Equifax Hack Points to Possible Corporate Governance and Business Model Factors Leading to Weak Protections for Borrowers’ Personal Data

Equifax, one of the “big three” credit reporting firms, recently disclosed that social security numbers and other personal information of some 143 million mostly U.S. consumers had been compromised through hacking. This was not a sudden discovery of a serious security issue. Equifax had been alerted in March 2017 by Cisco of an online security flaw affecting servers. Cisco urged users to upgrade immediately. Equifax asserts it addressed the security flaw at that time. However, in July it found suspicious online activity and discovered the same security flawexisted elsewhere in its system. Credit bureaus, which collect vast amounts of data from lenders and other sources (in the case of Equifax according to its CEO, managing 1,200 times as much data every day as in the Library of Congress) and provide reports to prospective lenders, are an essential link in the flow of credit in the nation’s economy.

Since the credit bureaus’ business model depends critically on accumulating and managing this data, it would be expected that their boards and senior management would be incentivized to institute a robust cybersecurity system to ensure the integrity and security of its database. But this may not have occurred in Equifax’s case. We expect further disclosures and investigations will fill in some of the details on its internal controls and risk management.

Strategic business priorities logically flow from a company’s main profit-making lines of business. Equifax’s primary revenue source would appear to be from lenders, employers, and other businesses rather than the hundreds of millions of consumers it tracks. Equifax’s U.S. Information Solutions segment is its largest revenue generator. The company does not break out the contributions of consumer and commercial business lines in this segment, but based on its description in SEC filings it is likely that commercial customers are its principal clientele. This is in contrast to other businesses such as social media firms that hold vast, confidential troves of data whose primary clientele are the original owners of such data and whose add revenue depends on the continued loyalty of these data owners.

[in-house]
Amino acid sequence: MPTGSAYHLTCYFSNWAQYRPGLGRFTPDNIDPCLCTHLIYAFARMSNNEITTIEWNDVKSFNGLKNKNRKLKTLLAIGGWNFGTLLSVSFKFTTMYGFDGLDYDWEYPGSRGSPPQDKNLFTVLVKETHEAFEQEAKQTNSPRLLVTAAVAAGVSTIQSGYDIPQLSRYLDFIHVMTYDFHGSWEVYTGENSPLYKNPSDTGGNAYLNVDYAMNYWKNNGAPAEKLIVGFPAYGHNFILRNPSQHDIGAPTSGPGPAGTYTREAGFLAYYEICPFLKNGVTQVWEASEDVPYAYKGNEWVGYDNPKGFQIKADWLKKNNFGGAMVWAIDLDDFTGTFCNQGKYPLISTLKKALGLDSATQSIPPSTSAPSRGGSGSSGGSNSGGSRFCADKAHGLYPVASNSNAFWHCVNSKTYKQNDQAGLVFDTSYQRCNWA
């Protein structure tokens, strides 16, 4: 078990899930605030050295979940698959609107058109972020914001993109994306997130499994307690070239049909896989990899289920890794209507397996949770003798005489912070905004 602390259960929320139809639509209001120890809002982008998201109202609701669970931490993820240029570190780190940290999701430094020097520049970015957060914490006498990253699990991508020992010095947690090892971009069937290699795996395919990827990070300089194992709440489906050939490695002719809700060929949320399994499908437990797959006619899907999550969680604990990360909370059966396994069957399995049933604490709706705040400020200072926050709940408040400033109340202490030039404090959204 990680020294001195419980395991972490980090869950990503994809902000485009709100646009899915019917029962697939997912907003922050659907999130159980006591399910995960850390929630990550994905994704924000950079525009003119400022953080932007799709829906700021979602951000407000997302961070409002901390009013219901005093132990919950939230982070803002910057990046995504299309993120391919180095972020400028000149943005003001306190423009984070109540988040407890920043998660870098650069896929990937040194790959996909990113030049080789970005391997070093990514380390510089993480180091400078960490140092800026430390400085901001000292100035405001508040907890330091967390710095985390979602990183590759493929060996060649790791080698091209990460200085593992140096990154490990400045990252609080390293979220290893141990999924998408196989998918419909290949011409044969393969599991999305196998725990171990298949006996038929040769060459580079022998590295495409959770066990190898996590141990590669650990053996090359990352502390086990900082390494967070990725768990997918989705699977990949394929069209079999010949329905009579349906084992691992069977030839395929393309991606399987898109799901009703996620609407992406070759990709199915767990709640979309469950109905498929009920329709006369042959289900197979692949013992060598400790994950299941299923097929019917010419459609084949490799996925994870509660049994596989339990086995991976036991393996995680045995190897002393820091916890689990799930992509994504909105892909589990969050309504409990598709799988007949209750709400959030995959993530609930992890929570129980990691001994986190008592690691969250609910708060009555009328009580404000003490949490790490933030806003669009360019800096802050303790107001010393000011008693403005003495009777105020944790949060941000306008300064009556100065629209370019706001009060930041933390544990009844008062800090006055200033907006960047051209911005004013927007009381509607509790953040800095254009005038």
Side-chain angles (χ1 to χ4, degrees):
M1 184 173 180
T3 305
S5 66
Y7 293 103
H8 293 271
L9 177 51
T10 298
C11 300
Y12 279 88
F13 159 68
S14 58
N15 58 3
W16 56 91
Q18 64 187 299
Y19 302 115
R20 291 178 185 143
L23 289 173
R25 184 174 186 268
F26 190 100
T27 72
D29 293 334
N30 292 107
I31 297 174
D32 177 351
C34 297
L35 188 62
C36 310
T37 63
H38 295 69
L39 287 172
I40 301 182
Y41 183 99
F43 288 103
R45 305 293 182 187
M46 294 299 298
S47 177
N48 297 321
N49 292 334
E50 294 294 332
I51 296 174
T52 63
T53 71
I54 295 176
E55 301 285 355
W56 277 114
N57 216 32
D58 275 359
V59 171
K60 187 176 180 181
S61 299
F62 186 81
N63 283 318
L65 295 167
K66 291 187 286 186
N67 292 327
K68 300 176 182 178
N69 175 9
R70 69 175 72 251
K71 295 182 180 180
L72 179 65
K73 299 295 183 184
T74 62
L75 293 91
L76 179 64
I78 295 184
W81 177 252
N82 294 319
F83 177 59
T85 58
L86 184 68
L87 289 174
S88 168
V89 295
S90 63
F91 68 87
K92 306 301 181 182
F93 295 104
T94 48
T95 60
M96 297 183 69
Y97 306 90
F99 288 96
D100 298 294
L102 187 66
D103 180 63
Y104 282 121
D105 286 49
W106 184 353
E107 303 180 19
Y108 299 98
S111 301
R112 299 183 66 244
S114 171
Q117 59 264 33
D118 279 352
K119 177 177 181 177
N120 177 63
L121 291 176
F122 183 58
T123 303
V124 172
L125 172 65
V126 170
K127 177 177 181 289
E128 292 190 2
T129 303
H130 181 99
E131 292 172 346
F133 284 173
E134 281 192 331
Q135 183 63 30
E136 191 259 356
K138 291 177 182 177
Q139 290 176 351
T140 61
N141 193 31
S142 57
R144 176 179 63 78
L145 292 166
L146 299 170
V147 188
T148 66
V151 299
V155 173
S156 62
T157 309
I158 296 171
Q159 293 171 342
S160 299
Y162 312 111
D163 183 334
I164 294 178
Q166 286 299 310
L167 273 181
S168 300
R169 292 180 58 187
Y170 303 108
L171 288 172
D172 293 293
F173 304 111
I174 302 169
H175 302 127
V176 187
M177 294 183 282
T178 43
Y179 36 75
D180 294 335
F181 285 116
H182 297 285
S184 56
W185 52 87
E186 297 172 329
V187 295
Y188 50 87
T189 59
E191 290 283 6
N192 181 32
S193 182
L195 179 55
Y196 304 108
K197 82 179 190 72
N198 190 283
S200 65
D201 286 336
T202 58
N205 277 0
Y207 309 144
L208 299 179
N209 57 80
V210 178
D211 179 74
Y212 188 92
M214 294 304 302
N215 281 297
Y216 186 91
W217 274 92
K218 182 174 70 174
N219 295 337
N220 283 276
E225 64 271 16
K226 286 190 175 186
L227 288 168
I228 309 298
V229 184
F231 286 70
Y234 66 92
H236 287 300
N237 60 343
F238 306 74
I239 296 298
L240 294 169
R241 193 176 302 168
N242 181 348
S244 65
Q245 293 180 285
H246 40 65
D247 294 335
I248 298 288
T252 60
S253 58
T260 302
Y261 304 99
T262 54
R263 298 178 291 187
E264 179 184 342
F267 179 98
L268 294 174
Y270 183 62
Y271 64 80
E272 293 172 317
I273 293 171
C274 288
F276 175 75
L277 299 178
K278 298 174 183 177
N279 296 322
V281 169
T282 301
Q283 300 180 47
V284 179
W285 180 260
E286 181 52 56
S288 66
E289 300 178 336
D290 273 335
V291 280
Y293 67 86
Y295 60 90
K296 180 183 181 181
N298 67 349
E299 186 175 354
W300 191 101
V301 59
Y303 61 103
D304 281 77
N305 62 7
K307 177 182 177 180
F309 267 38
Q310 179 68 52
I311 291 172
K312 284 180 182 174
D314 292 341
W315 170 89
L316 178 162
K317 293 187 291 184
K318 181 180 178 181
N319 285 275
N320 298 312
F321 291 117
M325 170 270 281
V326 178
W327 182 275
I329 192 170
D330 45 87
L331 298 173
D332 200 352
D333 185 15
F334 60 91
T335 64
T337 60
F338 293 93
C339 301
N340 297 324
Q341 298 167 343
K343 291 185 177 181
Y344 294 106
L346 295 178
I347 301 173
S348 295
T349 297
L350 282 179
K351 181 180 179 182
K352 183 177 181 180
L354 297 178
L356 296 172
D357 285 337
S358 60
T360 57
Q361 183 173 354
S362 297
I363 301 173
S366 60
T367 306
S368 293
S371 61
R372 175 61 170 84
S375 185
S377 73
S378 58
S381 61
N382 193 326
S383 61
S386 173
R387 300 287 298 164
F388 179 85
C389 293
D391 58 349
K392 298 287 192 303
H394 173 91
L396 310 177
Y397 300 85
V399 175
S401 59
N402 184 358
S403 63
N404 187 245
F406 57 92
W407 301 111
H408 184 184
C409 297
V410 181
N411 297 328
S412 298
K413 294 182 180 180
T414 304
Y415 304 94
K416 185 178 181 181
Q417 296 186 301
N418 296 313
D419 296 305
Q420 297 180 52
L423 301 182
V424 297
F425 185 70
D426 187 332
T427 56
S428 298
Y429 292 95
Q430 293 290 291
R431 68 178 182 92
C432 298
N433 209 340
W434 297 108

The size of Equifax and its two main competitors, TransUnion and Experian, may also lessen the incentive to deploy resources in order to safeguard consumer borrowers’ data. Quite simply, a data breach may not have appeared to be an existential threat, as it would be to a smaller business organization. As in the credit rating industry, Equifax is one of a “big three.” That said, Equifax’s stock price has plunged over 35% since the security breach was disclosed.

Security breaches due to hacking have been occurring – often in the same company – with unsettling regularity. Like Equifax, Yahoo suffered more than one major security breach. In September 2016 it revealed that over 500 million users’ confidential data had been stolen in 2014. It then revealed even more users’ accounts had been compromised back in 2013. Its president and CEO, Marissa Mayer, left the firm with a compensation package of over $23 million with the closing of Verizon’s purchase of the company despite the enormous security breaches on her watch. This represents a failure in corporate governance regarding the priority to be ascribed to protecting customer data. Yahoo’s board had approved Mayer’s allocation of capital away from cybersecurity towards growth initiatives that later failed. In Equifax’s case, the firm announced that its chief information officer and chief security officer are retiring, “effective immediately,” but did not indicate what compensation package they might be receiving. We await more details about board practices at Equifax.  

Hacks at companies such as Equifax also put a spotlight on the fragmented regulatory patchwork in the U.S. governing these important intermediaries between lenders and borrowers. As a former Consumer Financial Protection Bureau (CFPB) assistant director noted, ““Credit reporting agencies are the plumbing of our financial system but are much less regulated than many banks.”[1] As the New York Times noted, the CFPB has supervisory and enforcement authority over the bureaus, but the Federal Trade Commission (FTC) has data privacy enforcement.

Much more highly regulated industries, where it is clearer which agency has “ownership,” have put in place much more robust systems. For example, the SEC’s second Cybersecurity Examination Initiative, whose findings it announced last month, indicates broker-dealers and investment advisers have shown an overall improvement since its first cybersecurity initiative two years ago. The SEC noted that all broker-dealers, all mutual fund companies, and nearly all advisers examined maintained cybersecurity-related written policies and procedures addressing the protection of customer/shareholder records and information, with relatively robust internal controls.

It is ultimately up to Congress to ensure that lightly regulated businesses that house vitally important confidential data do not fall through the regulatory cracks. In the case of the credit reporting industry, their market structure and business model, among other factors, promise that more security breaches are in the offing.

[1] Rohit Chopra, quoted by the New York Times. See “Equifax Hack Exposes Regulatory Gaps, Leaving Consumers Vulnerable,” NYT, Tara Siegel Bernard and Stacy Cowley (Sept. 8, 2017).  

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